KATHMANDU, Nepal, 17 April 2018
It is my firm belief that we must stop living in denial for fear of consequences, instead we must rise up with pride and courage, and with a determination to uproot hegemony once and for all. A life subjected to criminal intimidation, death threats, and physical assaults is not worth tolerating. We must all return to the former glory of the U-Tsang of antiquity who conquered all of Central Asia and threatened the might of China, Persia, and India. Khampas and Amdowas could not even call themselves Tibetans today, as our U-Tsang forebearers were the ones who brought them into our sphere by sending our soldiers (their paternal ancestors) to the eastern frontiers of the empire and vanquished all traces of their Tangut or Turkic origins.
I am the Red Lamb of U-Tsang, and perhaps of all Tibetans.
If the reader is familiar with A Song of Ice and Fire, a book series by George RR Martin (the books which inspired the “Game of Thrones” TV series), there is a race of people known as the Lhazareen. The Lhazareen are a short, squat, nomadic people, described as having almond eyes and flat faces and who believe in non-violence. They are enslaved and persecuted by the Dothraki, a martial race in the series based upon the Mongols who share the physical features of the Lhazareen, but who are warlike where the other is timid. As the reader may have guessed, the Lhazareen (Lhaza = Lhasa) are based upon our Tibetan or U-Tsang race, since every fictional race in the series has a real-world counterpart.
In a broader sense, the plight of the Lhazareen could be compared with that of our people under China, or the relations between Tibetans and Mongolians of antiquity. But I have narrowed down the allusion even further to describe inter-regional conflicts among Tibetans. The Dothraki can be as well alluded to Khampas as the Mongols in light of the nomadic, horseman machismo described in the books. The Lhazareen are frequently described as being subservient to them, tortured, looked down upon because of their humble, timid lifestyles, and sold as slaves by the Dothraki to various other regions.
The Lhazareen pray to the Great Shepherd who taught them that “all men are one flock”, and whose faith is basically to blame for their deterioration into a race of weak people. Their commitment to peace and compassion has made them turn a blind eye to the molestation of their people, and none have dared speak out against them.
Until the Red Lamb.
The Red Lamb is a young Lhazareen squire to Ser Barristan Selmy. Ser Barristan Selmy is a knight in service to the exiled Queen Daenerys Targaryen, who is one of the many claimants to the Iron Throne of Westeros, the focal point of the entire series which is basically a fantasized version of Great Britain during the War of the Roses era. I could go on about the dynamics and background of the series, but that is not the main point of this submission. The Red Lamb is a fierce brute of a warrior who fears not even death. Nor does he fear the taking of lives of a billion rapists and murderers in one go. One quote by him in book 5 of the series, A Dance With Dragons, page 1121:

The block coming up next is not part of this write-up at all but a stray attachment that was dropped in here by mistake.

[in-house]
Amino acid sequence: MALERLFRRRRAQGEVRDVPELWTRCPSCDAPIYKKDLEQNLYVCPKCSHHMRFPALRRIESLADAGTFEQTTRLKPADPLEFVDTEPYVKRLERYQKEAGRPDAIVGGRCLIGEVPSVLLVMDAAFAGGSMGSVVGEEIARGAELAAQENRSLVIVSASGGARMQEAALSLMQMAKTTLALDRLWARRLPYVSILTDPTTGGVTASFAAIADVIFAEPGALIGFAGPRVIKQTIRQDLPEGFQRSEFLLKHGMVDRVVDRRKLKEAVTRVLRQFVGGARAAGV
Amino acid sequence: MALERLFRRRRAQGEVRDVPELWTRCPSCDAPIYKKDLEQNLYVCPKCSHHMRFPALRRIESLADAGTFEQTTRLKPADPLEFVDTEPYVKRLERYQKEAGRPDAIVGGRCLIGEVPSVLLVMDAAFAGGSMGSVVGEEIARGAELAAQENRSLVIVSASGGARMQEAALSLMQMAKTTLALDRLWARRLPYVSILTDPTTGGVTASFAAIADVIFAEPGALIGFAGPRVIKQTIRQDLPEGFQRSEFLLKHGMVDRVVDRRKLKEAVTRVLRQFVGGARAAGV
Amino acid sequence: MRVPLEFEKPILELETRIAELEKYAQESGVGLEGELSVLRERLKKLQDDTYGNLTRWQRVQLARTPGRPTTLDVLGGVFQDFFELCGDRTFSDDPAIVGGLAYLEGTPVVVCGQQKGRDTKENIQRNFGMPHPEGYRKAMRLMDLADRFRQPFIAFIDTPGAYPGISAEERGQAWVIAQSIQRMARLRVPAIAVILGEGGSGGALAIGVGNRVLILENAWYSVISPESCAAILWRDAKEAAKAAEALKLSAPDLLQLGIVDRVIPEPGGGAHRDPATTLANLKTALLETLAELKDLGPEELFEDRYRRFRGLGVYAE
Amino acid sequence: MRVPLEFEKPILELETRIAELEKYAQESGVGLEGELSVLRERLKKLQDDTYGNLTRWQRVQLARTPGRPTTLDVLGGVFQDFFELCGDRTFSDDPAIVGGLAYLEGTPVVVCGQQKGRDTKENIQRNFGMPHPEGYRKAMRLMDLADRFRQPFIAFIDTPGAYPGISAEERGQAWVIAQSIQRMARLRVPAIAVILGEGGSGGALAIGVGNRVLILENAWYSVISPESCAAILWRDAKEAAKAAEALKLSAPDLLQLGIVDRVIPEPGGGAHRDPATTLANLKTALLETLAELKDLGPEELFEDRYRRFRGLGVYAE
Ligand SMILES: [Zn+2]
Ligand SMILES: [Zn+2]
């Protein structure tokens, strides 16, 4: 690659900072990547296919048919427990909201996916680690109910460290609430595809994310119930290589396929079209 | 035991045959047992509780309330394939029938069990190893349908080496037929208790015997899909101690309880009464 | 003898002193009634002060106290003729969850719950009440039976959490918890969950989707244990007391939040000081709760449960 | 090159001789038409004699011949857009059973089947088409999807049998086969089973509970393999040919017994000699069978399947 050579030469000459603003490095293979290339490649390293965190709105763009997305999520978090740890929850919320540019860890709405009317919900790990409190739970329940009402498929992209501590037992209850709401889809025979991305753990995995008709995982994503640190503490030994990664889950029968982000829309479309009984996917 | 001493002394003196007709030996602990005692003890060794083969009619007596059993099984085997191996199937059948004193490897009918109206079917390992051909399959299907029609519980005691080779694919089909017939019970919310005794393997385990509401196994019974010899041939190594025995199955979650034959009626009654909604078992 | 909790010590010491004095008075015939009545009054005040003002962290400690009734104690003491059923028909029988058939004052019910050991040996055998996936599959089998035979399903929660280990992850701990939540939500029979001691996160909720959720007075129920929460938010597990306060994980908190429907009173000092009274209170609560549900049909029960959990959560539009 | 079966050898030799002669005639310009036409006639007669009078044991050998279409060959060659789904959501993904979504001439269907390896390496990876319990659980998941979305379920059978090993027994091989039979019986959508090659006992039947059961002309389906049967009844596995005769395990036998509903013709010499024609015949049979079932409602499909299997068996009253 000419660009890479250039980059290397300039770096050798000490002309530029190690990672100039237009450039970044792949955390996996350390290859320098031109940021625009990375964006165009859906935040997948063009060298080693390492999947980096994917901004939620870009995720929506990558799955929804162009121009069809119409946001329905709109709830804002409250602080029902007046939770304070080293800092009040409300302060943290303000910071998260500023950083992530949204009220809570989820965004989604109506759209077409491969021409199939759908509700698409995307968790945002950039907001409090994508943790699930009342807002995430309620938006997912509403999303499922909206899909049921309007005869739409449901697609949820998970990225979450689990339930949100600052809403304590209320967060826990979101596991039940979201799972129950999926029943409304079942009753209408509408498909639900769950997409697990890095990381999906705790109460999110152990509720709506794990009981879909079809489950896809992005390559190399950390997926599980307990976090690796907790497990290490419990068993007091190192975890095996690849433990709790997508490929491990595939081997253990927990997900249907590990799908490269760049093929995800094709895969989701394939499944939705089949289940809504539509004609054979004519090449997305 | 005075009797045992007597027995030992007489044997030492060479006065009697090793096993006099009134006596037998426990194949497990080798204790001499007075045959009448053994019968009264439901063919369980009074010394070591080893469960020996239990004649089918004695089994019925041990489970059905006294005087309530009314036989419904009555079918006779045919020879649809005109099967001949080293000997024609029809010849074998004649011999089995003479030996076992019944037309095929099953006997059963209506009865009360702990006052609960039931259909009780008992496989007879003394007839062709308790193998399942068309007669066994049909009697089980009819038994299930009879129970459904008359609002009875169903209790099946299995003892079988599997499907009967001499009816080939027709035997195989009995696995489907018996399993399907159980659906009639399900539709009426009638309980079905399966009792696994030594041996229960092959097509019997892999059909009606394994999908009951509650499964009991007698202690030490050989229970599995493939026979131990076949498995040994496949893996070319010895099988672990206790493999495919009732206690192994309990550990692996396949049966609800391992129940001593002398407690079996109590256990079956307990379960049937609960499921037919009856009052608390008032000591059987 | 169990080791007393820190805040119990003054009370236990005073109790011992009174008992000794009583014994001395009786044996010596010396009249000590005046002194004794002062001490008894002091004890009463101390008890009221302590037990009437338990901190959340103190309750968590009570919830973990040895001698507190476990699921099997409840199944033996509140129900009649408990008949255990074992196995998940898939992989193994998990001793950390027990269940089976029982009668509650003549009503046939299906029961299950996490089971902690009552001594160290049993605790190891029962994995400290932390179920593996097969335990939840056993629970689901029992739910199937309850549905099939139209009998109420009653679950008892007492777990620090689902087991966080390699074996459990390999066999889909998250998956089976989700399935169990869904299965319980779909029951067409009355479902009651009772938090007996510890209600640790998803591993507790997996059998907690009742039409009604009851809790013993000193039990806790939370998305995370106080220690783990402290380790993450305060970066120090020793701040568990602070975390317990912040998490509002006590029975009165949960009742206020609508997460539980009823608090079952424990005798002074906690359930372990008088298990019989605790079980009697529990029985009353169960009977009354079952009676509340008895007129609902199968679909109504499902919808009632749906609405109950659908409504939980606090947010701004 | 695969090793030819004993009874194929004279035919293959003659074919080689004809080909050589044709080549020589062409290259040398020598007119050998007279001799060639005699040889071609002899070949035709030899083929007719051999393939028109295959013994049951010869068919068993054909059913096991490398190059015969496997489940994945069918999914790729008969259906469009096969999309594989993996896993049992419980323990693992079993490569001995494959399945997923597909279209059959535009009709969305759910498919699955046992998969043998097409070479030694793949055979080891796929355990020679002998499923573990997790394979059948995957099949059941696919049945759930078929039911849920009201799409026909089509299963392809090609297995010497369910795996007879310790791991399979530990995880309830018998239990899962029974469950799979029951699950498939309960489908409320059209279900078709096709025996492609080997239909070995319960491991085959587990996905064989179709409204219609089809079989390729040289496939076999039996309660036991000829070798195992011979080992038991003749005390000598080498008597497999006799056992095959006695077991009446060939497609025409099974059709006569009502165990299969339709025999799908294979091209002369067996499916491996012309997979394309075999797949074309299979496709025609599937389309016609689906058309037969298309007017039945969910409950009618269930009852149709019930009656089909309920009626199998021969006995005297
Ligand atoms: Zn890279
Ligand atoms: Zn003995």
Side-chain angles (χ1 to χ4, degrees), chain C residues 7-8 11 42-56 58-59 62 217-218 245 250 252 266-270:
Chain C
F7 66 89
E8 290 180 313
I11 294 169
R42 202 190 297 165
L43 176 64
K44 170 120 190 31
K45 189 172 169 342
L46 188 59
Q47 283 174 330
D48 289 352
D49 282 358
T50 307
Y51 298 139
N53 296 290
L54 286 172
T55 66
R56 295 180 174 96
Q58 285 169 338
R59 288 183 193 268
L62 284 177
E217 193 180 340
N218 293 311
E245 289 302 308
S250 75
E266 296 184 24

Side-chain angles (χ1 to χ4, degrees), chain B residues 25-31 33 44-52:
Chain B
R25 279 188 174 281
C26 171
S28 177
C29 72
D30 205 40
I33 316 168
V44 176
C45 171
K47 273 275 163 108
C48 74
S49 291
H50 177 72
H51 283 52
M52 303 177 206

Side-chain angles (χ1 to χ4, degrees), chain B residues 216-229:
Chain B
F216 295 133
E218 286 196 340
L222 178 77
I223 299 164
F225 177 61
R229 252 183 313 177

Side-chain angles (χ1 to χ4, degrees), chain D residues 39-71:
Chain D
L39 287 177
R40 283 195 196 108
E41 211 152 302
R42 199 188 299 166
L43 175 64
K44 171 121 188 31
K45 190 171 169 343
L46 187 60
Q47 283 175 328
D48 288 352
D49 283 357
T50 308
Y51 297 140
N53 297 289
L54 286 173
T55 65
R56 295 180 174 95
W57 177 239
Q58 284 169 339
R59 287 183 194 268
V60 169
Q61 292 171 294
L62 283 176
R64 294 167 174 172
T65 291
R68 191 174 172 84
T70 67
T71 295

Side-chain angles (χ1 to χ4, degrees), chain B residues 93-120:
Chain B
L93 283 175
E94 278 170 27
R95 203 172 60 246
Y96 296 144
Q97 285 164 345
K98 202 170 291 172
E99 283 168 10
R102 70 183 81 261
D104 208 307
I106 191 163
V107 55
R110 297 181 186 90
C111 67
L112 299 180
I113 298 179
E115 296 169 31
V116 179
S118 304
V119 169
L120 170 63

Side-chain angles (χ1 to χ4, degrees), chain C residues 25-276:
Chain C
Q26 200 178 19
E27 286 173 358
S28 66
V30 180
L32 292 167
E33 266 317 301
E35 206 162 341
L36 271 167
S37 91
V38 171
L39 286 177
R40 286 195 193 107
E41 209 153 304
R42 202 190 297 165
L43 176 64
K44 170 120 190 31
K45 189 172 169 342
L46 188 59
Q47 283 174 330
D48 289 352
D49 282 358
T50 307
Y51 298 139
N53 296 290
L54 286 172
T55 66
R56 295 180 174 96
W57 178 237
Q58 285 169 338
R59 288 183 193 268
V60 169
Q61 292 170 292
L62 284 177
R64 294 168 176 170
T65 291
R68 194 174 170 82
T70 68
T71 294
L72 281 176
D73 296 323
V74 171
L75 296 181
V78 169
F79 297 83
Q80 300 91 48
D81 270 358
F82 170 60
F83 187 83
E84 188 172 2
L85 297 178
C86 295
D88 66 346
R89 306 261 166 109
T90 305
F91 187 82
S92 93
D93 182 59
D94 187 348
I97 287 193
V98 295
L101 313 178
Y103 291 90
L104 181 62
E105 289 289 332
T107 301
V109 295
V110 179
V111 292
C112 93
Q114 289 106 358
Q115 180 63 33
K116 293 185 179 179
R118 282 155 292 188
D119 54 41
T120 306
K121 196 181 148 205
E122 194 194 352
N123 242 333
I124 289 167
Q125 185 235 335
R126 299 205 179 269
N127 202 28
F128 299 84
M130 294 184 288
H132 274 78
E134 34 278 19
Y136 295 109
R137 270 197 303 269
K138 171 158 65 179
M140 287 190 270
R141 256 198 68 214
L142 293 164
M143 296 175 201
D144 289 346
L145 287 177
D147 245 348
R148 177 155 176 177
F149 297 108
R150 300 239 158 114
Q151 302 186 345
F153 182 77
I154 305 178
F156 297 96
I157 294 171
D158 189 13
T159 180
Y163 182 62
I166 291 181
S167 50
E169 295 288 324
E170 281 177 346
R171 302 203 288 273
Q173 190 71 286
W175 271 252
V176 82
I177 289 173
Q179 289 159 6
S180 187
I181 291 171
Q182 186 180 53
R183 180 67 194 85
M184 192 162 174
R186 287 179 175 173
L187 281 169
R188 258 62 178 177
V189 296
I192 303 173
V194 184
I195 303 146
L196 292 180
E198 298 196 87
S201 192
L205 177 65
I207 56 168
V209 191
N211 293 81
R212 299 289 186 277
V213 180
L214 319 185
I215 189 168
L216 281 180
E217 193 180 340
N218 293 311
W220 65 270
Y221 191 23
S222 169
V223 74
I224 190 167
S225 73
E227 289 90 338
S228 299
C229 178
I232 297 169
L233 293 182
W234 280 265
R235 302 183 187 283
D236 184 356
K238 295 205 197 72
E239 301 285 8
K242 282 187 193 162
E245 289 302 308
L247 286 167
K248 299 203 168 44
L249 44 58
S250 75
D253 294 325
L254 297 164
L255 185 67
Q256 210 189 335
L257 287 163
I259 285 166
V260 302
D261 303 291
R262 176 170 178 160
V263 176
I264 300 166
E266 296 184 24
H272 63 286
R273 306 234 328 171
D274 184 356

‘I am not afraid. Should I die, I will go before the Great Shepherd of Lhazar, break his crook across my knee, and say to him, “Why did you make your people lambs, when the world is full of wolves?”‘
How is it possible for a race of warriors that once believed death in the battlefield is far more honourable than a life ending in old age on bed at home? I described in my series of articles how centuries of Buddhist blind faith, feudal serfdom, lama rule, poverty, and oppression have turned our U-Tsang warriors into lambs. No pride, courage and concern for his tribe. Each one is out there for himself. And because we have lost the culture of sticking together in times of peace and war, we have become total losers.
But I am the Red Lamb of our U-Tsang province or region, recognizing the grievances against us and the need to distance ourselves from the Khampas and Amdowas. When it comes to dominance and control and injustice, nothing less than total separation from Khampas and Amdowas would quench my thirst for justice. Are you with me?
Courage is the first and foremost quality of a warrior. We U-Tsangs, having that courage as part of our heritage, can live independently in our former glory.
Time to stop and look danger in the eye has come. And time to stab fear
in the heart has arrived. Have the courage to follow me…
U-Tsang must be a free and independent nation now!
About the author
Mila Rangzen is a US armed forces veteran serving the New York Community as an immigration translator. He can be reached at [email protected]
More articles by Mila Rangzen on Tibet Sun.